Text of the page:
At first glance, this is puzzling, since the statute forbids deviate sexual relations with persons under the age of 16, not 14. On studying related sexual offenses, however, we find a similar scheme in offense gravity scores for rape and statutory rape:

Sec. 3121 Rape 9.

Sec. 3122 Rape, Statutory 5.

We conclude that the Sentencing Commission was attempting to parallel in IDSI offenses the Sentencing Guidelines for rape and statutory rape. Statutory rape, requiring no proof of lack of consent, is deemed a less serious offense under the Guidelines than is rape, which requires a showing of forcible compulsion.*fn3

The statute making involuntary deviate sexual intercourse a crime makes no distinction between acts done with consent and acts done with no consent when the victim is

[ 339 Pa. Super. Page 291]

    under 16. If a defendant is convicted of IDSI, the Commonwealth has proven one of five things: (1) forcible compulsion existed; (2) there was a threat of forcible compulsion; (3) the victim was unconscious; (4) the victim was mentally deficient; or (5) the victim was under 16. For the first four, the offense gravity score is 9; for the last, the offense gravity score could be 9 or 5, depending on the sentencing court's determination of the age of the victim and whether there was consent. If the victim was under 14, the offense gravity score is 9. If the victim was over 14, the offense gravity score might be reduced to a 5 if the defendant successfully argues that the victim consented to the act.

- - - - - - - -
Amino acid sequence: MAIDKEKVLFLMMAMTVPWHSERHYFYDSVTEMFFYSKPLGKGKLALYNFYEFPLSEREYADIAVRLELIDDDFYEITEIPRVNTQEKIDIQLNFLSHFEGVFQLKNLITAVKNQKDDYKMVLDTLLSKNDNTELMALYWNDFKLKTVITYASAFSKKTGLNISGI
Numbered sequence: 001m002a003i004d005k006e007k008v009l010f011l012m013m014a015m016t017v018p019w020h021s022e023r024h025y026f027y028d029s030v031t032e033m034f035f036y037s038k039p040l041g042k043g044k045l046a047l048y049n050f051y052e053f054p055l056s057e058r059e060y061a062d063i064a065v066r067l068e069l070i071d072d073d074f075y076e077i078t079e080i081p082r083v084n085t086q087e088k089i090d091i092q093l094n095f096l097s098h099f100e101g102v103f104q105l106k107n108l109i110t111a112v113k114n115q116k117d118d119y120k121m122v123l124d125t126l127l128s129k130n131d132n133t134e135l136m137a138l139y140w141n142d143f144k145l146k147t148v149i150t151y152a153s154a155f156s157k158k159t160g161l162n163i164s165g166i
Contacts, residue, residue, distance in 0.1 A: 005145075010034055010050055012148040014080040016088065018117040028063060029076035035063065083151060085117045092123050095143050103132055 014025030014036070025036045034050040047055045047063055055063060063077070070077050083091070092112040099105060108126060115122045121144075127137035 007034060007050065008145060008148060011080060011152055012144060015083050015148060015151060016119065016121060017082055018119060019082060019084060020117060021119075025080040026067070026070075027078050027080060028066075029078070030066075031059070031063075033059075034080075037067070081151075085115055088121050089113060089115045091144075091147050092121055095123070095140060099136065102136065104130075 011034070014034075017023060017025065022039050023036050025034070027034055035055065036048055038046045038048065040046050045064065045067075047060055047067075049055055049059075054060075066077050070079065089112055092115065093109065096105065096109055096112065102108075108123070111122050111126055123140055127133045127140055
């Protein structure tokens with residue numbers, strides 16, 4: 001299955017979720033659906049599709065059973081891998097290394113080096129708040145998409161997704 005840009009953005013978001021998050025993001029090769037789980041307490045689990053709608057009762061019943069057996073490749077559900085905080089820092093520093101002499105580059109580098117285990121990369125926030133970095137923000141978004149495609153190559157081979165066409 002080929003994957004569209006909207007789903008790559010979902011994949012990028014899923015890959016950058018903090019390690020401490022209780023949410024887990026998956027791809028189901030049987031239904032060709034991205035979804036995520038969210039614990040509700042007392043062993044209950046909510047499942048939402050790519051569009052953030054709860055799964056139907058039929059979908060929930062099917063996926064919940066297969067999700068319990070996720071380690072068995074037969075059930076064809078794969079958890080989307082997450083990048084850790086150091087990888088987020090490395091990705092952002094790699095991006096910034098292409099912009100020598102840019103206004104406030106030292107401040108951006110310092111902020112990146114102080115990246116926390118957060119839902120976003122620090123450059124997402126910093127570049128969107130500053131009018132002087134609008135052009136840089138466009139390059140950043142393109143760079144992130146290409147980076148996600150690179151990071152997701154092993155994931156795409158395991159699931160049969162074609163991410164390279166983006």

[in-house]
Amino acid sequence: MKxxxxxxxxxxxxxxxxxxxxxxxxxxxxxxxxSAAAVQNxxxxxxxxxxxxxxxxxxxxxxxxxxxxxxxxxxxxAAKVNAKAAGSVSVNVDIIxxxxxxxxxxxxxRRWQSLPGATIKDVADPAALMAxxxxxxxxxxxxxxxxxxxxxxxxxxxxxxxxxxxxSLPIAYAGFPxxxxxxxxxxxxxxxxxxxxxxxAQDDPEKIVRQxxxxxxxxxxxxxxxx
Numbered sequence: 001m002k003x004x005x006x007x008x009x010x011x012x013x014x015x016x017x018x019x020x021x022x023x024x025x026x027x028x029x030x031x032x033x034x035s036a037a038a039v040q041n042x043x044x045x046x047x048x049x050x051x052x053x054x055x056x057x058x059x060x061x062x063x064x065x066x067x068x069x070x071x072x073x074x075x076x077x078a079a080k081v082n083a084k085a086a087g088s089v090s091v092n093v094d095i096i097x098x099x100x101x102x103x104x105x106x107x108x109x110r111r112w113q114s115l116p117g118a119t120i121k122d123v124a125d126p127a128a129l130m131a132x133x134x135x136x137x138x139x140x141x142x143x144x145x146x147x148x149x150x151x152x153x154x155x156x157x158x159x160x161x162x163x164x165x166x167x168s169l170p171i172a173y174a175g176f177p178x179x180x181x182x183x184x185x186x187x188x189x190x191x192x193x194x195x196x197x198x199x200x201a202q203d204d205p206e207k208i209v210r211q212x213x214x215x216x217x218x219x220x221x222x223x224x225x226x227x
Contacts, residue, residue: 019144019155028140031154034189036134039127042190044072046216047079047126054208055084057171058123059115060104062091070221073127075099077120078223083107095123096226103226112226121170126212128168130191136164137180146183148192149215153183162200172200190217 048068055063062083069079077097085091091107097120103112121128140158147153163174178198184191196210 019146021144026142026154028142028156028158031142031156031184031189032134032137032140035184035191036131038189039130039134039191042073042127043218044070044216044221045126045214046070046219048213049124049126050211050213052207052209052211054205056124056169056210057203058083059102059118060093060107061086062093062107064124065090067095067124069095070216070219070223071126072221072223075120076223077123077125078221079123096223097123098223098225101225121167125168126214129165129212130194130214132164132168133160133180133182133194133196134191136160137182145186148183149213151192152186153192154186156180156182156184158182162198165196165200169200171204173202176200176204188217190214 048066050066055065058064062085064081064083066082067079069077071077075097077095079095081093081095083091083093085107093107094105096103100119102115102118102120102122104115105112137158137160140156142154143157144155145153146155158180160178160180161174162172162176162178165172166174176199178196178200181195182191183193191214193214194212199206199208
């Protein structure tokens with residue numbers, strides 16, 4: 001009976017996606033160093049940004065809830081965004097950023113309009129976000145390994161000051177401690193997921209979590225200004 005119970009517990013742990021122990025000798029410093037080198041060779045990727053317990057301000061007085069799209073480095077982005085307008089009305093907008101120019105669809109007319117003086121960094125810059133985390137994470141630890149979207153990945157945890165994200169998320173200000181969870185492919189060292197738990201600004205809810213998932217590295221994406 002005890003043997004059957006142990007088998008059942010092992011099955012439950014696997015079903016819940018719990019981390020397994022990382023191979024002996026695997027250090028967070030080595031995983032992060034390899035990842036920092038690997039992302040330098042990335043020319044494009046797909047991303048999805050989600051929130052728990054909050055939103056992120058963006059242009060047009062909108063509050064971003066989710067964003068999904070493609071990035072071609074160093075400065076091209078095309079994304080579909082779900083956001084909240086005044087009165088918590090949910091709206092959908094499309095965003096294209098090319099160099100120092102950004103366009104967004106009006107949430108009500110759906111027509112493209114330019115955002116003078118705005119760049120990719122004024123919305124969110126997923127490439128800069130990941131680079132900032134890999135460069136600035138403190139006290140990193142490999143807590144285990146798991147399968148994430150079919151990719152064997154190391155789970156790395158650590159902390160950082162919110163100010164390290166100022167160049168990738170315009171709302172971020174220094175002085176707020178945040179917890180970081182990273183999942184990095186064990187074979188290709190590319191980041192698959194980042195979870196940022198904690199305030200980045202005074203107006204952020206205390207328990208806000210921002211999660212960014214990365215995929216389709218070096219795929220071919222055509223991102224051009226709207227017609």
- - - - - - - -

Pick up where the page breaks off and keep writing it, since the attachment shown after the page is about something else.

We acknowledge that the statutes are inconsistent. If a defendant is convicted of statutory rape, the offense gravity score will be a 5; he need not prove consent. If a defendant is convicted of IDSI with a victim over 14, but under 16, he must prove consent before the offense gravity score will be a 5. If he were charged with rape, consent would be a defense; if he were charged with statutory rape, consent would be no defense, but the recommended penalty lighter. Here, consent is a defense only to a heavier penalty.

In light of the plea colloquy in the record, we do not believe the court erred in considering whether consent existed. The Court heard argument by defense counsel that the offense should be graded a 5, and replied that if there had been a plea bargain to that effect, the Court would reject it. Defense counsel conferred with appellant in court and appellant reiterated that he wanted to plead guilty in the event the Court rejected the proposed offense gravity score of 5. Clearly, appellant understood that by pleading guilty, he could be sentenced to a longer sentence than his lawyer had anticipated, and he chose to plead guilty in light of that knowledge.*fn4